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Media traverse the Burren

A media group from Germany, Spain and the US are in the Burren this week to experience and sample one of Ireland’s best tourism and gastronomy destinations. Included in the visiting group is Frances Folsom who writes for the Boston Globe and Dallas Morning News, which have a combined circulation of over two million. The trip, organised by Fáilte Ireland, in conjunction with Tourism Ireland, will allow the journalists to enjoy the vast selection of seasonal and local produce on the County Clare leg of the Wild Atlantic Way. Welcoming the group to Ireland, John Mulcahy, Fáilte Ireland’s head of Food Tourism, said, “We welcome the opportunity to showcase our island, and indeed The Burren, with its range of food trails, festivals, farmer’s markets. “With the emergence of a distinctive Irish cuisine, our intention is clear; Ireland aims to become one of the world’s hottest new culinary destination and we want to highlight this to our visiting media where they …

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Trump would get Doonbeg nod

THE biggest employer in Doonbeg is set to become the Republican Party candidate to contest the US presidential election. On Tuesday, Donald Trump was all but confirmed as the Republican presidential nominee after his win in the Indiana primary, which led directly to main rival Ted Cruz dropping out of the race. Although Doonbeg is a small village in West Clare and will have no direct say in whether Trump or the likely Democratic Party nominee Hilary Clinton becomes the 45th President of the United Status, if a snap primary was held in the Long Village, voters would probably vote local, despite the odd reservation or two. Trump has threatened to build a really long wall between Mexico and the US border to help put people from Mexico off the idea of entering the Land of the Free. He is also insisting that the Mexican state pay for the wall at a cost of between $5 and $10 billion. The …

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Carbon footprint curbs Moy school light

A EUROPEAN directive relating to the reduction of the carbon footprint by 33% come 2020 has been presented as the reason behind Clare County Council being unable to erect a single public light outside Moy National School. Councillor Richard Nagle has said that the school is likely to be the only one in Clare with no public light, while senior engineer Cyril Feeney said that the council would ideally like to provide the light but they are restricted from doing so. “Funding for public lighting was reduced again in 2016, which was a retrograde step considering the challenges facing the local authority. Public lighting is the largest utility bill for Clare County Council but under European directives, there is a requirement that the public service reduce its carbon footprint by 33% by year 2020. Therefore, we are not in a position currently to install a public light at Moy,” Mr Feeney explained at this week’s West Clare Municipal District meeting. …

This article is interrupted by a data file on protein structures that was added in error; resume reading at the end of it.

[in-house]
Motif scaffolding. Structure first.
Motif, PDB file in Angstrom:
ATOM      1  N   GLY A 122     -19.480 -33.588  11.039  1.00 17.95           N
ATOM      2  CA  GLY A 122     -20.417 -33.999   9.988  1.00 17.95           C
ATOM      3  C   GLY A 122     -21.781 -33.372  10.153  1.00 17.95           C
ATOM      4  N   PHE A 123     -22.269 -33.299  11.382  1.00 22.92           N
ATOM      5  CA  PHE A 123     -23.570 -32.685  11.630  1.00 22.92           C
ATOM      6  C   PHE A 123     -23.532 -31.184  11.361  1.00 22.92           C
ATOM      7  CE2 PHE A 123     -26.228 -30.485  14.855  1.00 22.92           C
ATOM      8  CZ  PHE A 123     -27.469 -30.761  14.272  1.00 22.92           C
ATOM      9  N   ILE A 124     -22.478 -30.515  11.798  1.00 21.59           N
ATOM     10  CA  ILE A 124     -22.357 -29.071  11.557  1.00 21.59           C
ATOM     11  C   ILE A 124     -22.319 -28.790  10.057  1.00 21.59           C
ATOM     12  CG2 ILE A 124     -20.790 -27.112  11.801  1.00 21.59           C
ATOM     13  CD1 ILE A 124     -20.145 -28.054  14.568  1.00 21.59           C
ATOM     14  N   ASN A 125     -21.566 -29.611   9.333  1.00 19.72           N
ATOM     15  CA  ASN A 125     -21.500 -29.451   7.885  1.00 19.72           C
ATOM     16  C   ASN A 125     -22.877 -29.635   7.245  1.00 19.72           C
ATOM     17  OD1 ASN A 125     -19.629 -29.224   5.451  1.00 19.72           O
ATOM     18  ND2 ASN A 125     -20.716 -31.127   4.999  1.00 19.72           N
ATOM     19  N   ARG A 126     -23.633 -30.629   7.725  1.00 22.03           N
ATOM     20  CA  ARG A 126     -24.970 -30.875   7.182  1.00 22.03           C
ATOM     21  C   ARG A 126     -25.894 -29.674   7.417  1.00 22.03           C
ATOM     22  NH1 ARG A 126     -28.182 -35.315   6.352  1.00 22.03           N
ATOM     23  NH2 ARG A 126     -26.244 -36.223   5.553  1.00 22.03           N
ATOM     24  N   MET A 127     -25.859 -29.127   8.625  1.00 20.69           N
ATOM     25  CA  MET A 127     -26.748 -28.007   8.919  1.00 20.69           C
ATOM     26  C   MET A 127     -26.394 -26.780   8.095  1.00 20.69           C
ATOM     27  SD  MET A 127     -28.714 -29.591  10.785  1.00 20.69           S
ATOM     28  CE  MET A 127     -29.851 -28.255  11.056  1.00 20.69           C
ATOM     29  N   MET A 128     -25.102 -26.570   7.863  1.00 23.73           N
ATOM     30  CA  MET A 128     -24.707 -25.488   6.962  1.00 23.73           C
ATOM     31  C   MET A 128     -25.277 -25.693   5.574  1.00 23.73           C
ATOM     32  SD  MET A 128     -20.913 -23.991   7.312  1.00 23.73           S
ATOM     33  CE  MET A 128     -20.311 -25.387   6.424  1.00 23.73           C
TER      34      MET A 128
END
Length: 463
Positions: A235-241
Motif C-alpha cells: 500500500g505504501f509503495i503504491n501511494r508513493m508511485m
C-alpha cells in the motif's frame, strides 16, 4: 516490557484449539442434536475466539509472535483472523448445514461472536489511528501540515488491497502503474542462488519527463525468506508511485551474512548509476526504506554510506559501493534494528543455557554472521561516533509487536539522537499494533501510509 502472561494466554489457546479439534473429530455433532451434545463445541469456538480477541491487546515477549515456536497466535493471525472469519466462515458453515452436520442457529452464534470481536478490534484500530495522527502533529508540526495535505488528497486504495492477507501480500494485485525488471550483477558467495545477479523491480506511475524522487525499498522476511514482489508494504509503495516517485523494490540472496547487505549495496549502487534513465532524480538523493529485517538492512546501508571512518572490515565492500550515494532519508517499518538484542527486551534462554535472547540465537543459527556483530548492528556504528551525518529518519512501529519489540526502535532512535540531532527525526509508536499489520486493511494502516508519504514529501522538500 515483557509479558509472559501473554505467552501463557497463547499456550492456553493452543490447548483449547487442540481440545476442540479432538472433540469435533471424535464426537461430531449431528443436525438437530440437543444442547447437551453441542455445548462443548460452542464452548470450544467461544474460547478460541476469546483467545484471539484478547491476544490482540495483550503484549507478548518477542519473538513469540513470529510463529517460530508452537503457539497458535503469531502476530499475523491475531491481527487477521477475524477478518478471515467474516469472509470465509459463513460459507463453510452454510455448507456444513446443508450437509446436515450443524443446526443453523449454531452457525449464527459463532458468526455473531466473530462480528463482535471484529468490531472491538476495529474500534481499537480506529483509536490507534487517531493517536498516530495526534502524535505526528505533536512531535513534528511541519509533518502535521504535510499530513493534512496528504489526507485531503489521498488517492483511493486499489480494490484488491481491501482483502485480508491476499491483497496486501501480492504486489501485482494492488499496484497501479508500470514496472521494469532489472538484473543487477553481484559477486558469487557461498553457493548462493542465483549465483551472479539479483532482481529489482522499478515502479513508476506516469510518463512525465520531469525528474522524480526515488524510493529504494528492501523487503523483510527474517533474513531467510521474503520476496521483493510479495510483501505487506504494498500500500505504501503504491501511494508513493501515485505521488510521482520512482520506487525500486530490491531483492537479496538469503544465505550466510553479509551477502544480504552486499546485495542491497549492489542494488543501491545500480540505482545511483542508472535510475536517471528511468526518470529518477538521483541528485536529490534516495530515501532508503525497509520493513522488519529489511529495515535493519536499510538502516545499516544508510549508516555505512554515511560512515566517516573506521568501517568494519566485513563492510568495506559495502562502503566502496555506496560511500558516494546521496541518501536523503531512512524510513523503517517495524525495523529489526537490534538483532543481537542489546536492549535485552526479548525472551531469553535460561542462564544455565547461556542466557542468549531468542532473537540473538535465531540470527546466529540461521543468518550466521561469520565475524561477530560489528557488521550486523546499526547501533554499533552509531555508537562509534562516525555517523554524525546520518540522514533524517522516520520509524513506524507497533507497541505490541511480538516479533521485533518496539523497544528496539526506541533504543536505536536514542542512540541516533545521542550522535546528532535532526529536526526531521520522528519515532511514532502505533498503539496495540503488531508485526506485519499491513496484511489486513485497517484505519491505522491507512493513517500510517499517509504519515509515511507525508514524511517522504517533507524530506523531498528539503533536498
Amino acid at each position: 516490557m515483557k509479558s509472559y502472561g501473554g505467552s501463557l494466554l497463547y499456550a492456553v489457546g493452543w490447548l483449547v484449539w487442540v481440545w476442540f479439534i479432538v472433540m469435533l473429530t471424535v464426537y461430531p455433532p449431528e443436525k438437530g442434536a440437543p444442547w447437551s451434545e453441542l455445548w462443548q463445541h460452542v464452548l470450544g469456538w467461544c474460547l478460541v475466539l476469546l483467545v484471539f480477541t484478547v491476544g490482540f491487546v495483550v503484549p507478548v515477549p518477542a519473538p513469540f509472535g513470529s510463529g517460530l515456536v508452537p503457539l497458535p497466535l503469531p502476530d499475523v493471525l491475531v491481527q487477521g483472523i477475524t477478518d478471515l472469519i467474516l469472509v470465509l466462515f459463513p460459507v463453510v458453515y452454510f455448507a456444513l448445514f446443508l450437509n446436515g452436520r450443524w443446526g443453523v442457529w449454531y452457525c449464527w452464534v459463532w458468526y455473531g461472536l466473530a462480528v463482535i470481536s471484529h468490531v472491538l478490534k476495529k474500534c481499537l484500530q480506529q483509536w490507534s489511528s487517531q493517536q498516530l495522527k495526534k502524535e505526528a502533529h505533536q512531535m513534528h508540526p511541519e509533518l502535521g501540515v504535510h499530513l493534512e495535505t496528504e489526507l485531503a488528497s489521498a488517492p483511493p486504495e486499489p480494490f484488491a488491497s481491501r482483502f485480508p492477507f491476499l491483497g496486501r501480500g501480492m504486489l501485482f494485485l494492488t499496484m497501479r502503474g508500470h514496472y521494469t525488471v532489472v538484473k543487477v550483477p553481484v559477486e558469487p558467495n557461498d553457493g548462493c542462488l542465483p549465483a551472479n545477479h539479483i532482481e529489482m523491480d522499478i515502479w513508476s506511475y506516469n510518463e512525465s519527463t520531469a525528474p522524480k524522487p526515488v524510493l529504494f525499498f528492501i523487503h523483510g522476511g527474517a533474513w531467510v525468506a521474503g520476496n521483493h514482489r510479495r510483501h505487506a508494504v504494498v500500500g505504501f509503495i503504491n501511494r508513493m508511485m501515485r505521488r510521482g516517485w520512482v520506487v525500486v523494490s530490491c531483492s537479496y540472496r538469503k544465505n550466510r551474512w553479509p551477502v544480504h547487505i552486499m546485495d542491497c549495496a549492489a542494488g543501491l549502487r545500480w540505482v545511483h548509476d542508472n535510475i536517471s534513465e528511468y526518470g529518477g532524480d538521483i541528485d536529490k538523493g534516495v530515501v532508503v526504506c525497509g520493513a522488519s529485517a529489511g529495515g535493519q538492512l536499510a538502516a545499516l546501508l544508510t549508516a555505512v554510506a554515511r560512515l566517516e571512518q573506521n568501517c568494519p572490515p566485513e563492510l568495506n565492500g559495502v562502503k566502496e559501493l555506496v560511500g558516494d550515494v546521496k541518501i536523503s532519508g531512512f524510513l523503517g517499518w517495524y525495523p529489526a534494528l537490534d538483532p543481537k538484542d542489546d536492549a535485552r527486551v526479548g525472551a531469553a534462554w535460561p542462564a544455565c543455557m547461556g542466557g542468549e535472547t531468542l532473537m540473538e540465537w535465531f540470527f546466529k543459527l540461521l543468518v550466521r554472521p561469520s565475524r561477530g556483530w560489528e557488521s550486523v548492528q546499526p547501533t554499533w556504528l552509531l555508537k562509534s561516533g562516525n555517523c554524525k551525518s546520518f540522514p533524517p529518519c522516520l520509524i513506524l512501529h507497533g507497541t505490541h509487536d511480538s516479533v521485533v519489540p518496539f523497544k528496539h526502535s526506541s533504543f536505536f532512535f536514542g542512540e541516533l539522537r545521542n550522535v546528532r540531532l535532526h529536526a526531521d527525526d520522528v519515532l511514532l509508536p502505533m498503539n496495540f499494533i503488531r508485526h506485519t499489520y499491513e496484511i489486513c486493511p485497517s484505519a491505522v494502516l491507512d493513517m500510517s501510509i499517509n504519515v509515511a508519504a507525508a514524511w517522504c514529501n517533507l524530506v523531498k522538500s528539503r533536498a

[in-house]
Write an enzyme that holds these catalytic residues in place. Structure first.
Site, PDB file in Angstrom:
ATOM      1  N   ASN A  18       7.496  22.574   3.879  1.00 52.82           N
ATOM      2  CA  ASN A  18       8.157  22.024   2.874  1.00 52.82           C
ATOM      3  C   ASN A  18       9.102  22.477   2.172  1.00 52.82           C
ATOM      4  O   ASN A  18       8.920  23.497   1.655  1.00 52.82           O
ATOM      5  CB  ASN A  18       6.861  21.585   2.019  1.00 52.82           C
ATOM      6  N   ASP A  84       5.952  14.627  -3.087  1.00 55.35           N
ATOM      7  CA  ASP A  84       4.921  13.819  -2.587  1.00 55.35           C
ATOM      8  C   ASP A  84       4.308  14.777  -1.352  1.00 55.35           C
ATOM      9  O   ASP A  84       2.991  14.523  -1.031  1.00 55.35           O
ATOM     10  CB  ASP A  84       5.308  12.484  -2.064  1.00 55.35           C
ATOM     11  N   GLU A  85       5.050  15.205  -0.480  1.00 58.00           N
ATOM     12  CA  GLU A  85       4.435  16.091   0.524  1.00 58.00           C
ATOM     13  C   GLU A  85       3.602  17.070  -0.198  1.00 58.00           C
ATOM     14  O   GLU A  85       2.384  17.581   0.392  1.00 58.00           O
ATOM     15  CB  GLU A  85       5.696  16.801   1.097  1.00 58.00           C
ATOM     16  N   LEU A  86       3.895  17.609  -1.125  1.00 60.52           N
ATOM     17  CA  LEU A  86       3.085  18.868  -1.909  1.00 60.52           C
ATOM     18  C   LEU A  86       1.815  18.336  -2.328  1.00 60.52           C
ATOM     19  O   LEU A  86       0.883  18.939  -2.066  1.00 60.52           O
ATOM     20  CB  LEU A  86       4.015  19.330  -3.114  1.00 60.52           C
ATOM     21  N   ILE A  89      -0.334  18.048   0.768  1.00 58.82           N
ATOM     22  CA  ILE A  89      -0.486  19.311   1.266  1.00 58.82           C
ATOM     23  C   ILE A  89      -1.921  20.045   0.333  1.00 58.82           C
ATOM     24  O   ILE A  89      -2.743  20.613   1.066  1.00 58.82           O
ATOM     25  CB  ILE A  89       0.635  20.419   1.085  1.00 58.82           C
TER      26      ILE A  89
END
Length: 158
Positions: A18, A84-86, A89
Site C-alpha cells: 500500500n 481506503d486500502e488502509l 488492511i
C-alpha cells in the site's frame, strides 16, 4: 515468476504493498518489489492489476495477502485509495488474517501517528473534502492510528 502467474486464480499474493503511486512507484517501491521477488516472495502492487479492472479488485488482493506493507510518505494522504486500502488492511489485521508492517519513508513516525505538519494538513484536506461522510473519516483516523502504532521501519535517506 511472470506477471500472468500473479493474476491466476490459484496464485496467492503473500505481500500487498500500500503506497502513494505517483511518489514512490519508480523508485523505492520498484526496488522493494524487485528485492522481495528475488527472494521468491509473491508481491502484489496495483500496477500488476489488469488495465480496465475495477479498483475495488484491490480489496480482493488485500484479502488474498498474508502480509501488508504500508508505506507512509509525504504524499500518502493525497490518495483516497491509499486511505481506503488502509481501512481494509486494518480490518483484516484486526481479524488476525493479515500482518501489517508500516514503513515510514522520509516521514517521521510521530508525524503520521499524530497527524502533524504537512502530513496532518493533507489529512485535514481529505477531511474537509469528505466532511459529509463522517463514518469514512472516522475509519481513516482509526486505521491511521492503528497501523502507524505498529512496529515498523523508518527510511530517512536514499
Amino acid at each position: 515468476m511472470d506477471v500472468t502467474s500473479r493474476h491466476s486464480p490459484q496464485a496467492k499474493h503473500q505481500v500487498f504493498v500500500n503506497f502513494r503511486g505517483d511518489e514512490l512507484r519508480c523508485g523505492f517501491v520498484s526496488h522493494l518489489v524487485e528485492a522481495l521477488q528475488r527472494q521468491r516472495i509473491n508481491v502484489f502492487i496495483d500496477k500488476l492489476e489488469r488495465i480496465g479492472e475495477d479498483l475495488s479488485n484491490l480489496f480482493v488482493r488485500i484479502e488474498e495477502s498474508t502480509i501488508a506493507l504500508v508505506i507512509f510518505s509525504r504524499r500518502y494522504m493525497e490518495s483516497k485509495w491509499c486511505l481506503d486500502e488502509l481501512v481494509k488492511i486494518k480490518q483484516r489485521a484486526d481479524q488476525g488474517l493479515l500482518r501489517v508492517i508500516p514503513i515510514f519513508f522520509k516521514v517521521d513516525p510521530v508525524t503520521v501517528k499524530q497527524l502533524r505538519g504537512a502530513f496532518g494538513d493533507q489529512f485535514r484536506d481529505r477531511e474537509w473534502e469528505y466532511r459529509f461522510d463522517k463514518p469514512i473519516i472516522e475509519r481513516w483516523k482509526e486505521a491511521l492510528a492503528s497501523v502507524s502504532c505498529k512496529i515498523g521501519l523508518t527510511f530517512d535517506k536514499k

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Legal challenge to Killaloe bypass fails

AN environmentalist has lost his legal challenge to a grant of permission for a 2km bypass around Killaloe. Peter Sweetman, along with an environmental protection company, The Swans and the Snails Ltd, claimed the project, which includes construction of a 170 metre long bridge over the River Shannon, will result in the direct, permanent, and irreversible destruction of a woodlands habitat. The High Court, with Mr Justice Paul McDermott presiding, heard the habitat in question, an alluvial wet willow-alder-ash woodland, is located on the western side [Clare bank] of the proposed bridge. Mr Sweetman and the company argued permission for the project should never have been granted to Clare County Council by An Bord Pleanála. It was claimed the board failed to carry out an adequate assessment under the EU Habitats Directive. Mr Sweetman, of Bunahowen Cashel, County Galway, and the company, with an address at Rossport, South Ballina, County Mayo, claimed an environmental impact assessment carried out by the board …